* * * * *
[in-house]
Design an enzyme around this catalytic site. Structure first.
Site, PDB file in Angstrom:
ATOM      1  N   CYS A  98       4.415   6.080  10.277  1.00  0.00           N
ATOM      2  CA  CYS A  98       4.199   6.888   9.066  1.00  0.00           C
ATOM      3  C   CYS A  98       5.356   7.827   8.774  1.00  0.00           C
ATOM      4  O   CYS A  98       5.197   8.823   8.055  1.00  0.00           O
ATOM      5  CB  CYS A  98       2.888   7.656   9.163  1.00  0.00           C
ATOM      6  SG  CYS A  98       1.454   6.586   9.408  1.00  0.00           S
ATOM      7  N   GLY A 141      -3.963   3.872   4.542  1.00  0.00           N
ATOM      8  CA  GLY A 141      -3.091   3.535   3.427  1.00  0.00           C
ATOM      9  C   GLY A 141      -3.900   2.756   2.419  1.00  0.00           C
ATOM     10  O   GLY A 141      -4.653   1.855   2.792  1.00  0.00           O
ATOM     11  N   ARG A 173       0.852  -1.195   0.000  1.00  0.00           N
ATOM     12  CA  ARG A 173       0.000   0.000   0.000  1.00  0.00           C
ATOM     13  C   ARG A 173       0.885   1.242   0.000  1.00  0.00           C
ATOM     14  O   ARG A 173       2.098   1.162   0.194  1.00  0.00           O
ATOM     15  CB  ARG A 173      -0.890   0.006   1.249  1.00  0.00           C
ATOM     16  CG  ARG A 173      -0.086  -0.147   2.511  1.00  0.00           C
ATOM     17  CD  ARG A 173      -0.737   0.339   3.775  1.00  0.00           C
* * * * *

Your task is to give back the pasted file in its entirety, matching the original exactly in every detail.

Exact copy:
[in-house]
Design an enzyme around this catalytic site. Structure first.
Site, PDB file in Angstrom:
ATOM      1  N   CYS A  98       4.415   6.080  10.277  1.00  0.00           N
ATOM      2  CA  CYS A  98       4.199   6.888   9.066  1.00  0.00           C
ATOM      3  C   CYS A  98       5.356   7.827   8.774  1.00  0.00           C
ATOM      4  O   CYS A  98       5.197   8.823   8.055  1.00  0.00           O
ATOM      5  CB  CYS A  98       2.888   7.656   9.163  1.00  0.00           C
ATOM      6  SG  CYS A  98       1.454   6.586   9.408  1.00  0.00           S
ATOM      7  N   GLY A 141      -3.963   3.872   4.542  1.00  0.00           N
ATOM      8  CA  GLY A 141      -3.091   3.535   3.427  1.00  0.00           C
ATOM      9  C   GLY A 141      -3.900   2.756   2.419  1.00  0.00           C
ATOM     10  O   GLY A 141      -4.653   1.855   2.792  1.00  0.00           O
ATOM     11  N   ARG A 173       0.852  -1.195   0.000  1.00  0.00           N
ATOM     12  CA  ARG A 173       0.000   0.000   0.000  1.00  0.00           C
ATOM     13  C   ARG A 173       0.885   1.242   0.000  1.00  0.00           C
ATOM     14  O   ARG A 173       2.098   1.162   0.194  1.00  0.00           O
ATOM     15  CB  ARG A 173      -0.890   0.006   1.249  1.00  0.00           C
ATOM     16  CG  ARG A 173      -0.086  -0.147   2.511  1.00  0.00           C
ATOM     17  CD  ARG A 173      -0.737   0.339   3.775  1.00  0.00           C